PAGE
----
Investiture

A woman winds silk scarves through
the arms of trees by the river. She drapes
brocade over stones as if competing with moss.
At the parish hall, the emcee holds up a taped
box, urging people to place their bids. The child
sitting on a stool in the middle of the stage
is tired and drowsy; with the heels of her patent
leather shoes she kicks at the rungs. Now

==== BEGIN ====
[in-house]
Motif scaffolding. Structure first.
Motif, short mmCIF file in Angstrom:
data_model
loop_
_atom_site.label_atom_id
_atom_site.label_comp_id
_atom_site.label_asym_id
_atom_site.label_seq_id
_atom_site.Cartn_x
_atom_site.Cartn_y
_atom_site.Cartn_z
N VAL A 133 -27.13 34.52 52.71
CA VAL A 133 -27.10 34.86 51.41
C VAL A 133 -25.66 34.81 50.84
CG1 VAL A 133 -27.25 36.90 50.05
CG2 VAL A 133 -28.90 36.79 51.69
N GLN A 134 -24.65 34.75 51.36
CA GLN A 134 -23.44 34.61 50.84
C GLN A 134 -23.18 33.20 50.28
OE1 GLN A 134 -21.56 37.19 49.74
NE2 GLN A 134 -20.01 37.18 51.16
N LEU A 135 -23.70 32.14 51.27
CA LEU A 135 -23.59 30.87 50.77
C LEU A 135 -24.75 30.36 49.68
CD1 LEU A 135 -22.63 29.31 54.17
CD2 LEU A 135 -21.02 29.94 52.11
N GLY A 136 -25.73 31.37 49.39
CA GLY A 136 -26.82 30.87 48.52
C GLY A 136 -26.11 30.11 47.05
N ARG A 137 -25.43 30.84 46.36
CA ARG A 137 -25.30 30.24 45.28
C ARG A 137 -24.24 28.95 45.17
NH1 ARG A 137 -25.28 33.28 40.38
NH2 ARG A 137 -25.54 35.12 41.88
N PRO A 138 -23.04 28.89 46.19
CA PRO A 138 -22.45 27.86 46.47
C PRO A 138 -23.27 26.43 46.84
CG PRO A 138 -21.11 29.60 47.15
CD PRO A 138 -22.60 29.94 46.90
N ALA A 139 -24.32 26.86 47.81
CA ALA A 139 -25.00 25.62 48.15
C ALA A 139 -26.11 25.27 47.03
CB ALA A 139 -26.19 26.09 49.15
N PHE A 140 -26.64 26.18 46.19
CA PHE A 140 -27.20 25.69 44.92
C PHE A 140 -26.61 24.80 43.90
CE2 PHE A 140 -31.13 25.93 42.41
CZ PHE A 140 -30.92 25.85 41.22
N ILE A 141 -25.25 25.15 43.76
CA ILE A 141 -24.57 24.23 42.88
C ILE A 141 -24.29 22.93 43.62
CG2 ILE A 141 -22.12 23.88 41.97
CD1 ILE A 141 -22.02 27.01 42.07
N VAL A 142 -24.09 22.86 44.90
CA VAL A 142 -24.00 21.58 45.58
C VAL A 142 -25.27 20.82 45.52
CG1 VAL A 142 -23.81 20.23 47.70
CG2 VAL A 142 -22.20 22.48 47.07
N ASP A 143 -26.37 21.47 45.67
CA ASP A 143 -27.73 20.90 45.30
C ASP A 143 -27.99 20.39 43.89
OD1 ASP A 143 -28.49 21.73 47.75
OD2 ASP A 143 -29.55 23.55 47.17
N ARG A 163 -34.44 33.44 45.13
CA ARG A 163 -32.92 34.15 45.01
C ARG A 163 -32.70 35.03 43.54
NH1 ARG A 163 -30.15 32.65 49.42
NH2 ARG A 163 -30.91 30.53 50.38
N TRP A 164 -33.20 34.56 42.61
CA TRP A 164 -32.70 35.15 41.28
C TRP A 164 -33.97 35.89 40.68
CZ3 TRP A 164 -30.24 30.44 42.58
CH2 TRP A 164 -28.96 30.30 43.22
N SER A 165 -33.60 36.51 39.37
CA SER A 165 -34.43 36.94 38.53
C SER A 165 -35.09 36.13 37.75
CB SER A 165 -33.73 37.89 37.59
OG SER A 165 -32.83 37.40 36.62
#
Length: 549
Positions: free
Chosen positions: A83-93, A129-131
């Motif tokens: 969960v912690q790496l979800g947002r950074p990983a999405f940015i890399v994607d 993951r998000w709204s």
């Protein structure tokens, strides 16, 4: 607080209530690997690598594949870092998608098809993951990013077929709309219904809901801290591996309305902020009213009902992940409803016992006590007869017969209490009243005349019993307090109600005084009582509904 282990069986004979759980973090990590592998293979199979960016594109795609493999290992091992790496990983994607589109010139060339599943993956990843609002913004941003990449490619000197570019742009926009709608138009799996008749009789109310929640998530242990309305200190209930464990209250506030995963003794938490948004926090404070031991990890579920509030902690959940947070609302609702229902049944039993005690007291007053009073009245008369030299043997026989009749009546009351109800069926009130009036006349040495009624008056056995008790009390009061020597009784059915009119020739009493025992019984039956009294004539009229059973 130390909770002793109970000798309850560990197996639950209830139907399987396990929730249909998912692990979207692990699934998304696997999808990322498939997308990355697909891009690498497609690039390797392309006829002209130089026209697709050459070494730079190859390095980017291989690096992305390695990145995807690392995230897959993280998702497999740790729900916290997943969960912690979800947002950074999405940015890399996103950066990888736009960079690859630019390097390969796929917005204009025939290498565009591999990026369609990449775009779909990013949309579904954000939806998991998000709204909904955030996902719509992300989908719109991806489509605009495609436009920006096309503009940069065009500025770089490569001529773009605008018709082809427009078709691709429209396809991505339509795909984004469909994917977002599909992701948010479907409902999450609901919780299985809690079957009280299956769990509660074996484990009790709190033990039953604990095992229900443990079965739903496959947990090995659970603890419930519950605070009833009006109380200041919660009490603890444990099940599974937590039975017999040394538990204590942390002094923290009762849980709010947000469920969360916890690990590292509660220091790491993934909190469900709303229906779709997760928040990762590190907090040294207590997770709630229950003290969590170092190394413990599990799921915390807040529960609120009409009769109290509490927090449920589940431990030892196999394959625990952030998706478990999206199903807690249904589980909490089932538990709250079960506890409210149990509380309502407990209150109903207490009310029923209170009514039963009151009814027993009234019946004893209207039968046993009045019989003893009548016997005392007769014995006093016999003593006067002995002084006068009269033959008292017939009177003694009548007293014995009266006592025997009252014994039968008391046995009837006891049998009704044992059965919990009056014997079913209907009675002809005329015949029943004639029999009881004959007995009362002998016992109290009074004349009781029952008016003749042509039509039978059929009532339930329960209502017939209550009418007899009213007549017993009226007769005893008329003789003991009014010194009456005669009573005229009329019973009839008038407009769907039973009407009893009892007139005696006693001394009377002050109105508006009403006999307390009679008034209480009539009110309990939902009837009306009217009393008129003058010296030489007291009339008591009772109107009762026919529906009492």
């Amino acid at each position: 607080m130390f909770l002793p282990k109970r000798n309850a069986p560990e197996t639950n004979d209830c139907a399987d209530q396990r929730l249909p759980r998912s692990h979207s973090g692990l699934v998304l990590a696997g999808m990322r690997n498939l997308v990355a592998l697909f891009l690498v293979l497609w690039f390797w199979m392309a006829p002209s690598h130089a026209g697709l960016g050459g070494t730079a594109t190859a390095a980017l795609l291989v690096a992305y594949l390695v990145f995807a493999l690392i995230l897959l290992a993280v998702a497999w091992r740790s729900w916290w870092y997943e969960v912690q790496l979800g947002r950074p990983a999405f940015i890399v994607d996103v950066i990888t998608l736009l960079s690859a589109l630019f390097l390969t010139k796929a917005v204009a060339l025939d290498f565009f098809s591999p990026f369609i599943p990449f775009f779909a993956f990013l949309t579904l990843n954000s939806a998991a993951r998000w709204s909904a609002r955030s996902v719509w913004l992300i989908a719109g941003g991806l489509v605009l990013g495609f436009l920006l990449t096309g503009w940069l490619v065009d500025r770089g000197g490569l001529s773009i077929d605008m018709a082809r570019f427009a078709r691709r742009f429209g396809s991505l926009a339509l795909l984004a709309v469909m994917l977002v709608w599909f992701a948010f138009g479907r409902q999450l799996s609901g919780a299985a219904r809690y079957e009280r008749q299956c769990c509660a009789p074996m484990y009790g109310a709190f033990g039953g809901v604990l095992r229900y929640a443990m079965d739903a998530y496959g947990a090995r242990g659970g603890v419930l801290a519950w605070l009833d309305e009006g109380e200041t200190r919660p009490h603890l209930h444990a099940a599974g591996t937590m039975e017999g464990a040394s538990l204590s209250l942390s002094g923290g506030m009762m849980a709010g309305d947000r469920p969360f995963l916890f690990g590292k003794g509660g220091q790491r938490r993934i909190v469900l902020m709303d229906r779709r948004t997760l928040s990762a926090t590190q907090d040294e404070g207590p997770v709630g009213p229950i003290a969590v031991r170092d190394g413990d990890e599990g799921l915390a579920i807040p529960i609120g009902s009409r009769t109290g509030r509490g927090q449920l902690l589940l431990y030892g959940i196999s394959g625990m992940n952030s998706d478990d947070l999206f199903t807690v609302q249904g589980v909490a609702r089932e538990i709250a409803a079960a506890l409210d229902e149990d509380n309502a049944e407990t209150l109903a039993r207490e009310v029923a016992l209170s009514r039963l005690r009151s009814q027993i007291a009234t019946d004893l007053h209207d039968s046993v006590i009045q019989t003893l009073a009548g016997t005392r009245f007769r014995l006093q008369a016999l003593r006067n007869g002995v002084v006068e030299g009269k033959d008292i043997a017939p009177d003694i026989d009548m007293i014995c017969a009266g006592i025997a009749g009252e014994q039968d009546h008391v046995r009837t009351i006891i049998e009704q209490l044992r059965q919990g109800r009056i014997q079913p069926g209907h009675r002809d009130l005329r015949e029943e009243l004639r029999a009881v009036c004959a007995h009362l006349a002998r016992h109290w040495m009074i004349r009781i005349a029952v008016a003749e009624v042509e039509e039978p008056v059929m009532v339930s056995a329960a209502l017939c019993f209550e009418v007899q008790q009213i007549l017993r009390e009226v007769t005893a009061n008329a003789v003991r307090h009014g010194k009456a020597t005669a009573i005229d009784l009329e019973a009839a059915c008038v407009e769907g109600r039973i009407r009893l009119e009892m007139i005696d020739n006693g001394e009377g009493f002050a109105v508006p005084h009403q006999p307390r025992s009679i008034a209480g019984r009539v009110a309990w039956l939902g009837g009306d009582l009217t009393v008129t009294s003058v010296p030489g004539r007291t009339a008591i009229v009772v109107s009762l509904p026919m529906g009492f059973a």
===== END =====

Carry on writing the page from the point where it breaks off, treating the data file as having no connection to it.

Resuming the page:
the woman wants to weave a garland for the child:
what flowers? She bends toward the rushes
and pulls. She will make her wear it
at the May festival, standing atop a float.
Wave, she commands; smile. Don’t squint.
The sun presses against the hinges of bivalves
as if that way, a process might be hastened;
as if that way they could give up a pearl.

 

In response to Via Negativa: Missing.

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